Hooking Up: A True Tale about Ed and Emily

Surrogates for Ed and Emily; a young couple at Niagara Falls in Jan. 2010.

Surrogates for Ed and Emily; a young couple at Niagara Falls in Jan. 2010.

About a week ago I went to breakfast at a local restaurant and was seated near a group of six young women. They were enjoying themselves: laughing and trading racy stories. 

They worked together and talked about that—and about “hooking up.” The hook up culture is new to me, so I decided to listen. Never too old to learn, I thought. I settled into my booth, ordered pancakes and tuned my left ear to the women. Continue reading

Later Living Encores: Ola’s Quilt Shop

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When retirees get to their middle 80s, most don’t want to or can’t stay physically active. Instead they relax, take up hobbies or devote full-time to television. Their conversations often concern their health problems. But there are exceptions, like Ms. Ola Coombs.

Ola had always wanted to have her own quilt shop and she got her chance at age 79. Ola’s Quilt Shop in Lavonia, Georgia opened in May, 2006. This year Ola will turn 87. Continue reading

What Do You Do When You’re Ready to Retire, but She’s Not?

What Do You Do When You’re Ready to Retire, but She’s Not?

Some of you may have seen the Wall Street Journal special report on retirement earlier this week. Several topics were covered, and while we definitely plan to discuss a few of them, one article in particular grabbed my attention. A lot is written about where and how to retire, but this piece talked about a decision many of us take for granted… when to retire.  Continue reading

The Oldest Generation—Income, Location, Disabilities, and Health Insurance

Last time we introduced a Census Bureau report that describes some characteristics of the oldest segment of our population—those 90 years old or older (90+). The group is small, mostly women, and mostly widowed. Still, about three-quarters of them live in households. Less than one quarter are institutionalized.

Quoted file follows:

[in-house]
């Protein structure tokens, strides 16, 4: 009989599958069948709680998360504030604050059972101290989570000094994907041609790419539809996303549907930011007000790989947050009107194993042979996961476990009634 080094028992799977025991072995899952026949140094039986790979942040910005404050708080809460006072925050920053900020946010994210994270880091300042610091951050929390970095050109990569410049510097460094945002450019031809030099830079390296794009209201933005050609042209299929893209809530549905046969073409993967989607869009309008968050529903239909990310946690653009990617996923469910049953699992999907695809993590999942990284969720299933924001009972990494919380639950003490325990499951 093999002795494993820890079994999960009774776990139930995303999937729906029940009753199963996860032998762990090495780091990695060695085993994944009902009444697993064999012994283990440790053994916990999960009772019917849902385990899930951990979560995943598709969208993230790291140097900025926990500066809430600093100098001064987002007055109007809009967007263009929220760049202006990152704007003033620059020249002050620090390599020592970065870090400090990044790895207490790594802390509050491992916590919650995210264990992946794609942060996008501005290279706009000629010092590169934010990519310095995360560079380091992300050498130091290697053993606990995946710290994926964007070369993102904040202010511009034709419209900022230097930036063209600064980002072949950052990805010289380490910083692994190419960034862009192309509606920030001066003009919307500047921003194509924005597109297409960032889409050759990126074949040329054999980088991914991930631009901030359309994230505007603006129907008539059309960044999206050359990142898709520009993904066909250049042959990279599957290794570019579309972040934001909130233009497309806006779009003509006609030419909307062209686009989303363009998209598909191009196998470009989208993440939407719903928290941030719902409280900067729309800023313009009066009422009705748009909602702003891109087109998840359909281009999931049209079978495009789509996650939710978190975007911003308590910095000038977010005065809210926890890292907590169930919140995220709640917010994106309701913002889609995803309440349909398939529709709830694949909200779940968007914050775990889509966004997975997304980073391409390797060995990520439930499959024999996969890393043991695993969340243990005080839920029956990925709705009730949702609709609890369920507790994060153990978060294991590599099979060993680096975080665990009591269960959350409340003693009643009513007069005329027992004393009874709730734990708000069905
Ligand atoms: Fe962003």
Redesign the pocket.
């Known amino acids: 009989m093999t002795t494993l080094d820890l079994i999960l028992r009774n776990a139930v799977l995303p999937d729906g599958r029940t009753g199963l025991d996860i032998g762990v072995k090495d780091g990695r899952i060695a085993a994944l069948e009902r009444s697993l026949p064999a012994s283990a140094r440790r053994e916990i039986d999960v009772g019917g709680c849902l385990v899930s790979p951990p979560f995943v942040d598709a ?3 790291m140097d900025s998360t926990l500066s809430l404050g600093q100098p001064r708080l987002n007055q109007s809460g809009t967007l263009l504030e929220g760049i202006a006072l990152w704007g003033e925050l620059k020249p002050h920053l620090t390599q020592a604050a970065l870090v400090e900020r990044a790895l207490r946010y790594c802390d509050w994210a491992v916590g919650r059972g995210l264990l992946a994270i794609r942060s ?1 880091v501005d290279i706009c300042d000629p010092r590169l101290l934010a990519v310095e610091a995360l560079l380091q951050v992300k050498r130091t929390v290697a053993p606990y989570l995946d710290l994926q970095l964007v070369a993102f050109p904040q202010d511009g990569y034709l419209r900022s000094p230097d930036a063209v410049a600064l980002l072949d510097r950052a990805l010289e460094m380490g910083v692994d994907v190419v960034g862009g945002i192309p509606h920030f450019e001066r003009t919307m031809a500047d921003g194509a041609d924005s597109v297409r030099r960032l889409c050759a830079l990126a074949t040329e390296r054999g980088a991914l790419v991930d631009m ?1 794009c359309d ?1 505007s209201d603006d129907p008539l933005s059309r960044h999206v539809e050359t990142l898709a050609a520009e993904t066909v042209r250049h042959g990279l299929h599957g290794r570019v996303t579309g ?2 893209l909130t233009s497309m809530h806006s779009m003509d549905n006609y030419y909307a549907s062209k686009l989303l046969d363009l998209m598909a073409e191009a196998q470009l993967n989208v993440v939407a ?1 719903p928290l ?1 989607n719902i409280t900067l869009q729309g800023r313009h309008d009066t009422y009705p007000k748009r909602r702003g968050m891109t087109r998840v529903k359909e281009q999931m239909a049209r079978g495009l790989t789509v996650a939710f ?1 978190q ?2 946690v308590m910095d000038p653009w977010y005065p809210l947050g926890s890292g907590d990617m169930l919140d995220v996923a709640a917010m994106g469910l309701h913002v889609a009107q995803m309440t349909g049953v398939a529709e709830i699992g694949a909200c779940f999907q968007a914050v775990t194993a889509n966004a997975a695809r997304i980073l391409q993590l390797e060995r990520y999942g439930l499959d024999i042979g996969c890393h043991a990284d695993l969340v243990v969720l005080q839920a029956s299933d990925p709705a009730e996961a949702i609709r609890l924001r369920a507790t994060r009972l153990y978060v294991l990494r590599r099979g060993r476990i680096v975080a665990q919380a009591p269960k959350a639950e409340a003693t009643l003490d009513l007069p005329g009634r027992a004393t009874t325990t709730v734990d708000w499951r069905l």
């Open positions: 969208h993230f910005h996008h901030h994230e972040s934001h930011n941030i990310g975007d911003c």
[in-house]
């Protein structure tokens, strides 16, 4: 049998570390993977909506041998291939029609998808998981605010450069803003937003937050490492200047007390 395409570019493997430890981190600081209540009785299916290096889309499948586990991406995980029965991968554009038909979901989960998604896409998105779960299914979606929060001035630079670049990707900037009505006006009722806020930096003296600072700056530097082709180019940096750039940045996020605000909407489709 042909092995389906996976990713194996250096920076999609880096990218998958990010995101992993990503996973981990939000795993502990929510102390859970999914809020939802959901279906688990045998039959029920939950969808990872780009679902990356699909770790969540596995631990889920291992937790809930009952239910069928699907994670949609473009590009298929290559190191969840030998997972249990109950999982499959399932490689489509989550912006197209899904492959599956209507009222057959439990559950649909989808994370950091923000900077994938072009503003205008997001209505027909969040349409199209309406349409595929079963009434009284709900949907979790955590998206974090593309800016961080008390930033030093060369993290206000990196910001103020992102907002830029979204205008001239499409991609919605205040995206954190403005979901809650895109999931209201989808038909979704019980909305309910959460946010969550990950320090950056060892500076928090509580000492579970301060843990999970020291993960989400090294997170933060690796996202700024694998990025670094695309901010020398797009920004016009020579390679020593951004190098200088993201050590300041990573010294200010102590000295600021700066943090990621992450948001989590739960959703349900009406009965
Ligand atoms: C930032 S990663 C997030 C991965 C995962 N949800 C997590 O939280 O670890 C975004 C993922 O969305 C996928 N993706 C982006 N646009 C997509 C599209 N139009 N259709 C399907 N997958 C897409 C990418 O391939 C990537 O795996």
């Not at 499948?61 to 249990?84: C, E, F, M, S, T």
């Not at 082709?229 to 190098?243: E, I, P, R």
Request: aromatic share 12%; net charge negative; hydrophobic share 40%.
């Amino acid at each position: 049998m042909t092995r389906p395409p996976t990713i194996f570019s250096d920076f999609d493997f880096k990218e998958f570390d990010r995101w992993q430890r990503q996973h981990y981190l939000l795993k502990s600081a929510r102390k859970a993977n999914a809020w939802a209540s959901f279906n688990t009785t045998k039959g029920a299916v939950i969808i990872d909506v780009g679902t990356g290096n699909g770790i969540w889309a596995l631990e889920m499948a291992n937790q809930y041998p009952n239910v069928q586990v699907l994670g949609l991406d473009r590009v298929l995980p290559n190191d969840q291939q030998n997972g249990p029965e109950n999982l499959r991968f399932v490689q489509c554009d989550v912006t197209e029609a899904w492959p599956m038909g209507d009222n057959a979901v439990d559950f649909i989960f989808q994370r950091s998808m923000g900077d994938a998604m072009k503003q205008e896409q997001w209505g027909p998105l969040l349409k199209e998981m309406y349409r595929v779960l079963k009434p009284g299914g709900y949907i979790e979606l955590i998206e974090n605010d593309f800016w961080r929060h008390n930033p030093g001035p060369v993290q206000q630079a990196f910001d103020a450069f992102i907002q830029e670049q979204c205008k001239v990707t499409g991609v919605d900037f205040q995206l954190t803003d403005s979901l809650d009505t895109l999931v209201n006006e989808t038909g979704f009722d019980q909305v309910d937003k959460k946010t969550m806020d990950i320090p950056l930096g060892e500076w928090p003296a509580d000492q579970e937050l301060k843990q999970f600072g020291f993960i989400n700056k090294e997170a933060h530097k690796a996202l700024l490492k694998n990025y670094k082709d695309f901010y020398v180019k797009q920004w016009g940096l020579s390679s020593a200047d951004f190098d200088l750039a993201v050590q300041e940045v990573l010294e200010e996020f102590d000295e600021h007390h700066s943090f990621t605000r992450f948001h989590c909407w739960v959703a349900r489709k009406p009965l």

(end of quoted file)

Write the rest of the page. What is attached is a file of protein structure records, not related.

The median income in the group was $14,760 (2008 dollars)—that’s annual, per person, personal income. For men, it was $20,133, and for women, it was $13,580. Social Security has become nearly universal among this group: 92.3% of them receive it, and it is about 48%, or almost half, of the median personal income. The rest comes from investments, public assistance, other retirement income, or other sources.

During the same time, the median annual per person income in the US was about $27,500. The 90+ group has a per person income of about half the overall population.

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The Oldest Generation

All of us living in the last half can benefit from a portrait of the oldest among us. We can’t foresee an individual life, but we can guide ourselves more clearly if we know some averages or trends that describe our oldest brothers and sisters.

In November, 2011, the Census Bureau published a new report entitled: “90+ in the United States: 2006-2008,” in which it characterizes this oldest segment of the U.S. population. (PDF here)

The generation 90 and over is small. There were about 1.8 million (mm) people 90 and over during 2006-2008, which was about 0.6% of the total US population. About 1.55mm (88%) are white. Women far outnumber men: there are about 1.3mm women, and about 0.46mm men—almost a 3 to 1 ratio.

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